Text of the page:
Sunday, August 8, 2010
Had a wonderful three days in Boston and New Bedford, Massachusetts. My honey took me to the Whaling Museum and I could have spent days there. Just a marvelous museum that showcases the history of whaling in early America. So much to share that it will take more than one posting so I will post over this week the highlights of the New Bedford Whaling Museum. (all photos enlarge when you click on them)
Gift to the ship's captain. A scrimshaw and wooden watch stand to emulate a grandfather clock. About 24 inches high.
Engraved (scrimshaw) whale tooth, about 9 inches in length.
Absolutely lovely pie crimpers and kitchen tools. These range in size from 12 inches to about 2 inches. Highly detailed of mythical creatures, lace patterns and inlay. Gifts for their wives, sisters, daughters and girlfriends.
Extraordinary pie crimper of a mermaid. This beauty measures about 10 inches in length. Crimpers were tools used almost daily as "pies" were a staple at the New England table. Meat pies filled with rich gravies and potatoes needed to be "crimped" closed before baked or fried.
Beautiful scrimshaw corset Buskers. The corset busk, perfect for flattening the stomach, was originally a flat piece of wood slipped down inside a pocket at the front of the corset. A very personal gift for the women in the sailor's lives. This was carved and shaped from the fringed plates of the upper jaw of the whale.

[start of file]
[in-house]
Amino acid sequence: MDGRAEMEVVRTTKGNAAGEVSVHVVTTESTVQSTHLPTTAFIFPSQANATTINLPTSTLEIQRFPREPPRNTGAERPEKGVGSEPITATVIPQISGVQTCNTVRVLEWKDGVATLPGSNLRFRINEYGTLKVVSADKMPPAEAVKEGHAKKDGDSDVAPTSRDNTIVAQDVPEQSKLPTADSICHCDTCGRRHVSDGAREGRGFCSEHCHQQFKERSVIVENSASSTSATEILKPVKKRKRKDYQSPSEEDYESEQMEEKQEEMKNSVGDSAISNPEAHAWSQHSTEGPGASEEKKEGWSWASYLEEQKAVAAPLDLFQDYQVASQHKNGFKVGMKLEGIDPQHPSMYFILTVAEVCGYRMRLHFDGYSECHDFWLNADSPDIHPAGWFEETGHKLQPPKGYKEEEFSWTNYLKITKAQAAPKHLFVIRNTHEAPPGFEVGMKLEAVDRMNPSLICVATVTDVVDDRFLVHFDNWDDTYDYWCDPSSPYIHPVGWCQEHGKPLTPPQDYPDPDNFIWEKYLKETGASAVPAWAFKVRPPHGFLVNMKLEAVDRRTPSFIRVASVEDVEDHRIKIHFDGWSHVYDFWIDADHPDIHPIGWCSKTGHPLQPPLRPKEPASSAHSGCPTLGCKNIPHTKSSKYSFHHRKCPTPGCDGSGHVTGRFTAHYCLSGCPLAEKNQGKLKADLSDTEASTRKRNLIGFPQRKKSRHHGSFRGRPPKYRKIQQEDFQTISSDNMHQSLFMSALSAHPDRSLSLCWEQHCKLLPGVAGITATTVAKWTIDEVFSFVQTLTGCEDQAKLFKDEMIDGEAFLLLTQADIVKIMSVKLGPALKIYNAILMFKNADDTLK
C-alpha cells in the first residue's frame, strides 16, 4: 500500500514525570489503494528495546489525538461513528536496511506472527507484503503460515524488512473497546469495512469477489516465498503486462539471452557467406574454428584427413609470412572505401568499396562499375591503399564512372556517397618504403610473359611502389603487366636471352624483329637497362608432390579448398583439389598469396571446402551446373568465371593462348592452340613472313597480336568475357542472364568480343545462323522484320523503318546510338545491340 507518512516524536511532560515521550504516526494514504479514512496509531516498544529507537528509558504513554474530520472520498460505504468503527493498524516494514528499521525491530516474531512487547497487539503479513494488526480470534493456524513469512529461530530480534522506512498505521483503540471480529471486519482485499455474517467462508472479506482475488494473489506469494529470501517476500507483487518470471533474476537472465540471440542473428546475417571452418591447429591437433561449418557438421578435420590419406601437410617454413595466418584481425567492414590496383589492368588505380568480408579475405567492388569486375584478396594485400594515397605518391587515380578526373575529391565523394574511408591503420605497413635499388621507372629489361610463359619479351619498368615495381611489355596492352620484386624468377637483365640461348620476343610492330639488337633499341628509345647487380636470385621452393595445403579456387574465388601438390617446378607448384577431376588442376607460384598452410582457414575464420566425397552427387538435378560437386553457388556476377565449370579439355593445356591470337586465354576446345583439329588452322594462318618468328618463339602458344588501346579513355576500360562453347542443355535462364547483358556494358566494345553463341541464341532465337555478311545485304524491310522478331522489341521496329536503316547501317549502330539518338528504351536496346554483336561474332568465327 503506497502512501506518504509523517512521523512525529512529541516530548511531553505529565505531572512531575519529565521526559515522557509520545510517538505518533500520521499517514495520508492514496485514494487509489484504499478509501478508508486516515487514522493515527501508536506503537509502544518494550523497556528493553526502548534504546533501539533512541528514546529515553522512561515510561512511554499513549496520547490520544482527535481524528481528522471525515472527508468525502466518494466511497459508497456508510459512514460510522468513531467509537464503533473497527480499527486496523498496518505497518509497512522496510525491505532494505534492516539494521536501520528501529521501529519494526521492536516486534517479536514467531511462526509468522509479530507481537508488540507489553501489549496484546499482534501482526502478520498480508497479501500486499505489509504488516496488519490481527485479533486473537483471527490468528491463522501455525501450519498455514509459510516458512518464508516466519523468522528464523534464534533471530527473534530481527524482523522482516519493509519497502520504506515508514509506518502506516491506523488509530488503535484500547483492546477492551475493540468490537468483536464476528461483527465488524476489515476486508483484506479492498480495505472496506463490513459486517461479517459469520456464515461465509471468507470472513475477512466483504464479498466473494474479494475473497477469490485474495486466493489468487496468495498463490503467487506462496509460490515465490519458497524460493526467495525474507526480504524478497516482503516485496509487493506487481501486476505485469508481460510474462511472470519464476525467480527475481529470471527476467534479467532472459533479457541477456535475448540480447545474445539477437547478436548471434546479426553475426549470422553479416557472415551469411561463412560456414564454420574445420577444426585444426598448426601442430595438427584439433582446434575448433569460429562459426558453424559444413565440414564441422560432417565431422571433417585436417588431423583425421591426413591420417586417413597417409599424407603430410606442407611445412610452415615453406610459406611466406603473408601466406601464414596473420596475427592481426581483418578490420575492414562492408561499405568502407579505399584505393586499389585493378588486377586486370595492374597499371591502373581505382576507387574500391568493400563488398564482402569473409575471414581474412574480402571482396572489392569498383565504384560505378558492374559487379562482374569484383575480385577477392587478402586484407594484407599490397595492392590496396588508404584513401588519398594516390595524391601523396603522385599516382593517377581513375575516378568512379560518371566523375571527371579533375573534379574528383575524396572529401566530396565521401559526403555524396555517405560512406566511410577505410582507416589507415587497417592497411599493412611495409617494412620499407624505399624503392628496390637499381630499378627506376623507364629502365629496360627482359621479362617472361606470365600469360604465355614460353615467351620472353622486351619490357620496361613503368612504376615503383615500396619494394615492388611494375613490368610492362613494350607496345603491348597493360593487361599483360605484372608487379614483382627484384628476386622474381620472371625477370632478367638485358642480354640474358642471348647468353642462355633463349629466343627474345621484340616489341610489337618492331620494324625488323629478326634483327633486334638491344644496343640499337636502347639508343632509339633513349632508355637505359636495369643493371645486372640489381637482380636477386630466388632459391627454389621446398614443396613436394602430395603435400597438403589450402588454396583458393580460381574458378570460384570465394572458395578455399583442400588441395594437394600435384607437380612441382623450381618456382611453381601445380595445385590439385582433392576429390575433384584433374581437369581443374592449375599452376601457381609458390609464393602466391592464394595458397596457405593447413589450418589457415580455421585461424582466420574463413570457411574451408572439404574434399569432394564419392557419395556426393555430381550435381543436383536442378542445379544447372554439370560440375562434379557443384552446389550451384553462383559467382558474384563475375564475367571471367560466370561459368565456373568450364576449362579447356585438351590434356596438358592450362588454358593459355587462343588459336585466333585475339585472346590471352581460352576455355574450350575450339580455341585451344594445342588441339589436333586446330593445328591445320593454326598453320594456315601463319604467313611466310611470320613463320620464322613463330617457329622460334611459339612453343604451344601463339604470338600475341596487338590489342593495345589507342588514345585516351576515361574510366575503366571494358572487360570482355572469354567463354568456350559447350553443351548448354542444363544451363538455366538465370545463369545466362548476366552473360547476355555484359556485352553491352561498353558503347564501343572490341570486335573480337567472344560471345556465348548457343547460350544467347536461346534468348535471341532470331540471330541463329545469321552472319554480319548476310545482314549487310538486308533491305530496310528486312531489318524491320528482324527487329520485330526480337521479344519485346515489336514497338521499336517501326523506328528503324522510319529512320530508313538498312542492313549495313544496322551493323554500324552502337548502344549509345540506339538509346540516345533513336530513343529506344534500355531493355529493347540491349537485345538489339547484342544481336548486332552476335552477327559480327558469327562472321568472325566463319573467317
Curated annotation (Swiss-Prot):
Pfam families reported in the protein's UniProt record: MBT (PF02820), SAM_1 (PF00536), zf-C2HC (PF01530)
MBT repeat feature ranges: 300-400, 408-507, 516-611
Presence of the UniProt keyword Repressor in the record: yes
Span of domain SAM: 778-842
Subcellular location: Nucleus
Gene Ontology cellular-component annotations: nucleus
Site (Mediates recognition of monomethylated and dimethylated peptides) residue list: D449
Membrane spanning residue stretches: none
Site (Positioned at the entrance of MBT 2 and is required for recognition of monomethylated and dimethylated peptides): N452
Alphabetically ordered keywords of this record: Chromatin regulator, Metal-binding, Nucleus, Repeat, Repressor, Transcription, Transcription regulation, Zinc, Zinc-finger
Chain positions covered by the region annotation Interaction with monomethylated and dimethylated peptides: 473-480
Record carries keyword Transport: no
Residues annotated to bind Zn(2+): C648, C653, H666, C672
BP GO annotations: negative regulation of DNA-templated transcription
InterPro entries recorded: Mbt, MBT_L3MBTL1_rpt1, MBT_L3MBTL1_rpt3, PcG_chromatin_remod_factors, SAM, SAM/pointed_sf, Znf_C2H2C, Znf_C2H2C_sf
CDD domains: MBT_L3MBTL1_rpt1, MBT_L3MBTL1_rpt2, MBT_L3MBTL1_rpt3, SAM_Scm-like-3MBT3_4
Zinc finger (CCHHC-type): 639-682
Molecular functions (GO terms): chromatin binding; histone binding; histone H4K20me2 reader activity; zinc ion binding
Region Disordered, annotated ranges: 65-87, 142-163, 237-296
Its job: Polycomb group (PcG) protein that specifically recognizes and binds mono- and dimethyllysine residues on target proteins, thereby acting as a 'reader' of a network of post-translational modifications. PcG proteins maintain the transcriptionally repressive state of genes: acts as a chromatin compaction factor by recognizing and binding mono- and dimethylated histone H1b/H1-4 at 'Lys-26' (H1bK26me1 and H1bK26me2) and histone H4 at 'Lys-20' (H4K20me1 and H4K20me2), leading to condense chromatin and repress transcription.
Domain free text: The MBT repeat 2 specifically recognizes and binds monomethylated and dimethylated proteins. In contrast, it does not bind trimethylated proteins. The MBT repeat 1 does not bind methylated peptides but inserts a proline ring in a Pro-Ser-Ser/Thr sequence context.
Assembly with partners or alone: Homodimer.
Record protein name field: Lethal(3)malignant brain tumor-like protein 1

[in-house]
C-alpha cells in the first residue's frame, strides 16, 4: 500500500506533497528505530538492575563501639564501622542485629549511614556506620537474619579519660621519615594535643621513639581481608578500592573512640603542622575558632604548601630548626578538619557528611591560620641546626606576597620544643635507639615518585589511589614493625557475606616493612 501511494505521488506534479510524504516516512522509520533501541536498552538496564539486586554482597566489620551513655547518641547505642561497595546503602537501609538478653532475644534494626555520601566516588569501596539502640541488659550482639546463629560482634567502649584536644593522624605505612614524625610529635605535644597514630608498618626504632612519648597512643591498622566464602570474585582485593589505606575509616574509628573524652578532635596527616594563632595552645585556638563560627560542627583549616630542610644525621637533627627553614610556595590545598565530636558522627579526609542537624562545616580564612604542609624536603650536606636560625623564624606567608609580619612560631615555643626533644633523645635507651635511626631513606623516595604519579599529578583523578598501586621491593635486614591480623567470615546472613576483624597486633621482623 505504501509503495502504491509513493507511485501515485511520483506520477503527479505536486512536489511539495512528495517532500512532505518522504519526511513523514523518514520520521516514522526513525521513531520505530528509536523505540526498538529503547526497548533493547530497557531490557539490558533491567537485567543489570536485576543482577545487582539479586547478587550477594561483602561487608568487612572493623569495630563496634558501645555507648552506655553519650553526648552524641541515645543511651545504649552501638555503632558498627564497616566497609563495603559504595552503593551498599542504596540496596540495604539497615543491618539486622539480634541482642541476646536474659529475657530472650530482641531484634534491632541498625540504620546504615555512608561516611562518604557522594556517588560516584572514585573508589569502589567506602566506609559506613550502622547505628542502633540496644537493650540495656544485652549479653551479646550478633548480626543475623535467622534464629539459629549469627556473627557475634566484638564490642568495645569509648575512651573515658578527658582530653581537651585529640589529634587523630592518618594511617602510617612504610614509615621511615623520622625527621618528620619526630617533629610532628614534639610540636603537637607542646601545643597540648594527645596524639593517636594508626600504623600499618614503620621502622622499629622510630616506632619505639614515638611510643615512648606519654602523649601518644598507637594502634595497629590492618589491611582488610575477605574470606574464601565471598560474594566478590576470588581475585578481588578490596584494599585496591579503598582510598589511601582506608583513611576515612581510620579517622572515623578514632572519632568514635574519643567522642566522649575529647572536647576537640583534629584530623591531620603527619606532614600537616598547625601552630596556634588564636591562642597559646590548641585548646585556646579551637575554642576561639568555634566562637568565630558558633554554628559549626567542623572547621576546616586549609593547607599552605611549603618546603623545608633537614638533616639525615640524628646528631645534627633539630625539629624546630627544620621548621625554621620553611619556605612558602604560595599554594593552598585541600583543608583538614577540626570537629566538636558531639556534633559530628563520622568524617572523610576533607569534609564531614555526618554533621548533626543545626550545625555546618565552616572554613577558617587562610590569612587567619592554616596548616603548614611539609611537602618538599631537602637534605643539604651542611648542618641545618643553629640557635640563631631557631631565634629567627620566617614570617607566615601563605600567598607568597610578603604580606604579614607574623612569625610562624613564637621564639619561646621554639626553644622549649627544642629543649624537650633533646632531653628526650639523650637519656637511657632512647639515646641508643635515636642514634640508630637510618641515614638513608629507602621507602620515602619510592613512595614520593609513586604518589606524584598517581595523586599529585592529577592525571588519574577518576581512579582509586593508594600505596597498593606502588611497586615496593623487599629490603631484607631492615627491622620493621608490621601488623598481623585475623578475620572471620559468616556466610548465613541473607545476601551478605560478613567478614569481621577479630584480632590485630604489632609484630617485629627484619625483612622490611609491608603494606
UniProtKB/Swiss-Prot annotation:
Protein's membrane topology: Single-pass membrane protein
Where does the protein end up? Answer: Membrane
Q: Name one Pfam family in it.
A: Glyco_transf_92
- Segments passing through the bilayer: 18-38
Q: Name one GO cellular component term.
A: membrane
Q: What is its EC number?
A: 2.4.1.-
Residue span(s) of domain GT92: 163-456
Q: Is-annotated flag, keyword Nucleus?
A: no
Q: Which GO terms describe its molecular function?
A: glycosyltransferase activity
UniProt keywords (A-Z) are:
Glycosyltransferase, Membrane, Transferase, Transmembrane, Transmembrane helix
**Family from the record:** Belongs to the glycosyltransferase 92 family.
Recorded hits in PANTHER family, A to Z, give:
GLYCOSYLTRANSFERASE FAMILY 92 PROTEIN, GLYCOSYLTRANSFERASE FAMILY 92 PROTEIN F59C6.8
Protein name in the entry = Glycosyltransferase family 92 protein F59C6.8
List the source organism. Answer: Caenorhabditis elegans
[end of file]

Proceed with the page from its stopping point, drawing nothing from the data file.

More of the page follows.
These pieces were huge...about 3 feet in length and 12 inches at the width. Pair of extraordinary scrimshaw work on the jawpans of the whale.
Closeup of detail of above piece, top piece of the pair shown above.
The detail carved on these teeth are incredible. Life like portraits of a little girl and a family member. Whalebone teeth and egg cup.
And now my favorites...sewing items for women. Marvelous whalebone swift. A swift is used for winding yarn. This swift is supported on a sewing box with tiny drawers for threads and needles. This is a large swift measuring almost 2 feet high.
Another swift with spool holders and a pin cushion on top. This swift measured no more than 12 high. So much detail.
Lovely lace knitting basket fashioned from whale bone. Needles are whalebone and wood. Oh how I would love to knit with these.
Whale ivory lantern that held candles for light.
Lovely hatbox. Highly detailed and full of color.
Lovely thread tower crafted from whale ivory. About 18 inches high.
Sweet and small thread wheel. Whalebone, carved and shaped.
Finches were often brought back from far away lands and whalebone birdcages were crafted.
The clenched fist was a popular theme for the scrimshaw craftsman. Often used for cane heads or bodkins.
Another favorite theme of the carver were the "bawdy" ladies legs and boots. Three walking canes.
Scrimshaw whale tooth and lovely carved quilt clamp.